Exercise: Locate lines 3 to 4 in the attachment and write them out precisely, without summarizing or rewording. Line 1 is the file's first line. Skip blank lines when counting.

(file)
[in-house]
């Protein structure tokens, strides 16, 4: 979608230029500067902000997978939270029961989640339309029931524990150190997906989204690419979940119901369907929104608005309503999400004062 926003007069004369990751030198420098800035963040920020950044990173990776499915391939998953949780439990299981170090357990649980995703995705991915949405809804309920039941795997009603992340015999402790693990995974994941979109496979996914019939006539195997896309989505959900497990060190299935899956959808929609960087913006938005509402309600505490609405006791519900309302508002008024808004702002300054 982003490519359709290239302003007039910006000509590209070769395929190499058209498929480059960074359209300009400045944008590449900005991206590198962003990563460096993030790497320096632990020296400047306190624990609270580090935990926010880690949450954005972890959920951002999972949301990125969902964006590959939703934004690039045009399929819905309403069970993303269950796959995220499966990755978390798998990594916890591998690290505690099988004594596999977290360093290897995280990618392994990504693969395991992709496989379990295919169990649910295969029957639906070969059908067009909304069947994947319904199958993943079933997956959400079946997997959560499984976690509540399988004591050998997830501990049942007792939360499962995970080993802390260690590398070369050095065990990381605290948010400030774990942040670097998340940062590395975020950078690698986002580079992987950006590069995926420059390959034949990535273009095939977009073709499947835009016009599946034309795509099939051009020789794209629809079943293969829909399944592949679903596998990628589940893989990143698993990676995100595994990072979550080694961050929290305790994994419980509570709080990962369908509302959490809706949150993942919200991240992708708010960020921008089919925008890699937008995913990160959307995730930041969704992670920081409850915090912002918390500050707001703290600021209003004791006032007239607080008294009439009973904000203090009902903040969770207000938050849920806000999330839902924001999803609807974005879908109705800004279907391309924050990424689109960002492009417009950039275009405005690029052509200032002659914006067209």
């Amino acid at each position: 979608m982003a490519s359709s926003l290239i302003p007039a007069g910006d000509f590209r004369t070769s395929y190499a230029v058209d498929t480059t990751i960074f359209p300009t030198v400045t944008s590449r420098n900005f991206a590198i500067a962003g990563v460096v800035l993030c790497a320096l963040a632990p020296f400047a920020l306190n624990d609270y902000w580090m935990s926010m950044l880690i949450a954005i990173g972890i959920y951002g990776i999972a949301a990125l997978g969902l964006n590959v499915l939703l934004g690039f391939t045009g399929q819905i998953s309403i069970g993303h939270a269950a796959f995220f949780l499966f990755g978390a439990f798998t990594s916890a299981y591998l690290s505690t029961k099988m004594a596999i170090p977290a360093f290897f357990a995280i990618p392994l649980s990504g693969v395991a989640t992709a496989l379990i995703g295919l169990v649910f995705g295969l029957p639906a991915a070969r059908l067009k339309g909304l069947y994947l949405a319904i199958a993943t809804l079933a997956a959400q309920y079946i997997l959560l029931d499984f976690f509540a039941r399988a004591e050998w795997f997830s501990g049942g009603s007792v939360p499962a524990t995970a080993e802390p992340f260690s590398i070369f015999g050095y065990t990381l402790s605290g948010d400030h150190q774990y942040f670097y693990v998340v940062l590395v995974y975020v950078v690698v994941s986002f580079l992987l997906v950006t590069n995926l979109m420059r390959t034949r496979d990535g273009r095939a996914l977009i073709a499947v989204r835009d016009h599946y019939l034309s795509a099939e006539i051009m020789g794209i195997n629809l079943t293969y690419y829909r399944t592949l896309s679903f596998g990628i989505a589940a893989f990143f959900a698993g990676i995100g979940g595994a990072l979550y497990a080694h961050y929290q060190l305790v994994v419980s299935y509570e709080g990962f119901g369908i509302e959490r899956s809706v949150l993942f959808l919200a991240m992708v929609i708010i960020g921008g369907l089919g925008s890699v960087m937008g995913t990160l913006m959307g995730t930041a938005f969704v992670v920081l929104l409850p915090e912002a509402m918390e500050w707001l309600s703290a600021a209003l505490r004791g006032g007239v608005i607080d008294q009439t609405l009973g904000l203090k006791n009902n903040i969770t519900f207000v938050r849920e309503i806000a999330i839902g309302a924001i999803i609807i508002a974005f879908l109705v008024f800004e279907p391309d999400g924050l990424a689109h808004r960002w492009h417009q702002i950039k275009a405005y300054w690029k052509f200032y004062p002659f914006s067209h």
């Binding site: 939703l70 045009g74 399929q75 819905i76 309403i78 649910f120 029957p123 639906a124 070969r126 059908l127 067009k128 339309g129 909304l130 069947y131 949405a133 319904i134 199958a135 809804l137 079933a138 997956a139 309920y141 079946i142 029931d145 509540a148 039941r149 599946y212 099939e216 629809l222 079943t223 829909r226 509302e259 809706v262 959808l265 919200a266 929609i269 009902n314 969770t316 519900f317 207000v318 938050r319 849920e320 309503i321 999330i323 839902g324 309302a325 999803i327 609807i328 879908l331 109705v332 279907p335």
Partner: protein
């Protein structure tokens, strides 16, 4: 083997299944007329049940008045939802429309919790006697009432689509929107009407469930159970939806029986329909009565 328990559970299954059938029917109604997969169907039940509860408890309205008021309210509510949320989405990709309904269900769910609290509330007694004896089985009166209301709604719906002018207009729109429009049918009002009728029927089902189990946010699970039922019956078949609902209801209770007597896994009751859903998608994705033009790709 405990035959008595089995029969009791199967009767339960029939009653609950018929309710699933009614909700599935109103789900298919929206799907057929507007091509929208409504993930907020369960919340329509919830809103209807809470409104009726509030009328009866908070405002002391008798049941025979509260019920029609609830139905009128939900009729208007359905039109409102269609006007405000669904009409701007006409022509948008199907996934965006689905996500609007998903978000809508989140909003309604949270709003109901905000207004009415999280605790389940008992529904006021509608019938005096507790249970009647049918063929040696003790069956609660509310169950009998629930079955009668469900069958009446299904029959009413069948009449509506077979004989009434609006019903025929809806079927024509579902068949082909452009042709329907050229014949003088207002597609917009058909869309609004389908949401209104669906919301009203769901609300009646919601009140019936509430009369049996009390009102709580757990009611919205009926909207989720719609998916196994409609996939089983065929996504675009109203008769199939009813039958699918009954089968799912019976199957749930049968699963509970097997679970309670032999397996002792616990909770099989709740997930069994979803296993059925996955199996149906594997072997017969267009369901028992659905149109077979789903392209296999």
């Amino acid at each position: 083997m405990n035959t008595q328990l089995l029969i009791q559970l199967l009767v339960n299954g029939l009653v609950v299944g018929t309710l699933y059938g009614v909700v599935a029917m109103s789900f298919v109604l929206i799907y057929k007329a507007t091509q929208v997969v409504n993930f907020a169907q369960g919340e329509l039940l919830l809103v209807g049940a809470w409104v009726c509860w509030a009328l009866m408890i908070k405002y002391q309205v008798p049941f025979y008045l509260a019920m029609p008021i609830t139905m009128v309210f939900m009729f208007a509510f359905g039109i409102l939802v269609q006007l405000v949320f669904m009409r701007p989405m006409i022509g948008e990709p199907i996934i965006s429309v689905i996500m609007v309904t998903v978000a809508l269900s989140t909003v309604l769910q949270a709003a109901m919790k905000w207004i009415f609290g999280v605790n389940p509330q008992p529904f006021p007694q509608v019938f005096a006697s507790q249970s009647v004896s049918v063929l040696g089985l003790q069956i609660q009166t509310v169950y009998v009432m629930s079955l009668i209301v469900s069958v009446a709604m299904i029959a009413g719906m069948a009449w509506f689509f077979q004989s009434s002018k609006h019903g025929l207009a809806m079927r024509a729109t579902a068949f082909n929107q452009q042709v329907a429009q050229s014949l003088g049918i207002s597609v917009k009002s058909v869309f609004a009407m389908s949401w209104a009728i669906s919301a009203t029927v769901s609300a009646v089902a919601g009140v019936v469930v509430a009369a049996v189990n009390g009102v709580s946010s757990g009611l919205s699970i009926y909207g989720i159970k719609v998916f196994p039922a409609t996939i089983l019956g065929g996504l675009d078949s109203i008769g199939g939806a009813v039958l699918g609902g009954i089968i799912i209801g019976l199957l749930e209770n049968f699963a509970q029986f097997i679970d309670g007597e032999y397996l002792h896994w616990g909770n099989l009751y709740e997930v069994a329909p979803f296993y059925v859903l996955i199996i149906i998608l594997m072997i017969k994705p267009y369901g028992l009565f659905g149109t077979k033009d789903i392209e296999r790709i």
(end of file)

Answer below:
């Amino acid at each position: 979608m982003a490519s359709s926003l290239i302003p007039a007069g910006d000509f590209r004369t070769s395929y190499a230029v058209d498929t480059t990751i960074f359209p300009t030198v400045t944008s590449r420098n900005f991206a590198i500067a962003g990563v460096v800035l993030c790497a320096l963040a632990p020296f400047a920020l306190n624990d609270y902000w580090m935990s926010m950044l880690i949450a954005i990173g972890i959920y951002g990776i999972a949301a990125l997978g969902l964006n590959v499915l939703l934004g690039f391939t045009g399929q819905i998953s309403i069970g993303h939270a269950a796959f995220f949780l499966f990755g978390a439990f798998t990594s916890a299981y591998l690290s505690t029961k099988m004594a596999i170090p977290a360093f290897f357990a995280i990618p392994l649980s990504g693969v395991a989640t992709a496989l379990i995703g295919l169990v649910f995705g295969l029957p639906a991915a070969r059908l067009k339309g909304l069947y994947l949405a319904i199958a993943t809804l079933a997956a959400q309920y079946i997997l959560l029931d499984f976690f509540a039941r399988a004591e050998w795997f997830s501990g049942g009603s007792v939360p499962a524990t995970a080993e802390p992340f260690s590398i070369f015999g050095y065990t990381l402790s605290g948010d400030h150190q774990y942040f670097y693990v998340v940062l590395v995974y975020v950078v690698v994941s986002f580079l992987l997906v950006t590069n995926l979109m420059r390959t034949r496979d990535g273009r095939a996914l977009i073709a499947v989204r835009d016009h599946y019939l034309s795509a099939e006539i051009m020789g794209i195997n629809l079943t293969y690419y829909r399944t592949l896309s679903f596998g990628i989505a589940a893989f990143f959900a698993g990676i995100g979940g595994a990072l979550y497990a080694h961050y929290q060190l305790v994994v419980s299935y509570e709080g990962f119901g369908i509302e959490r899956s809706v949150l993942f959808l919200a991240m992708v929609i708010i960020g921008g369907l089919g925008s890699v960087m937008g995913t990160l913006m959307g995730t930041a938005f969704v992670v920081l929104l409850p915090e912002a509402m918390e500050w707001l309600s703290a600021a209003l505490r004791g006032g007239v608005i607080d008294q009439t609405l009973g904000l203090k006791n009902n903040i969770t519900f207000v938050r849920e309503i806000a999330i839902g309302a924001i999803i609807i508002a974005f879908l109705v008024f800004e279907p391309d999400g924050l990424a689109h808004r960002w492009h417009q702002i950039k275009a405005y300054w690029k052509f200032y004062p002659f914006s067209h």
């Binding site: 939703l70 045009g74 399929q75 819905i76 309403i78 649910f120 029957p123 639906a124 070969r126 059908l127 067009k128 339309g129 909304l130 069947y131 949405a133 319904i134 199958a135 809804l137 079933a138 997956a139 309920y141 079946i142 029931d145 509540a148 039941r149 599946y212 099939e216 629809l222 079943t223 829909r226 509302e259 809706v262 959808l265 919200a266 929609i269 009902n314 969770t316 519900f317 207000v318 938050r319 849920e320 309503i321 999330i323 839902g324 309302a325 999803i327 609807i328 879908l331 109705v332 279907p335």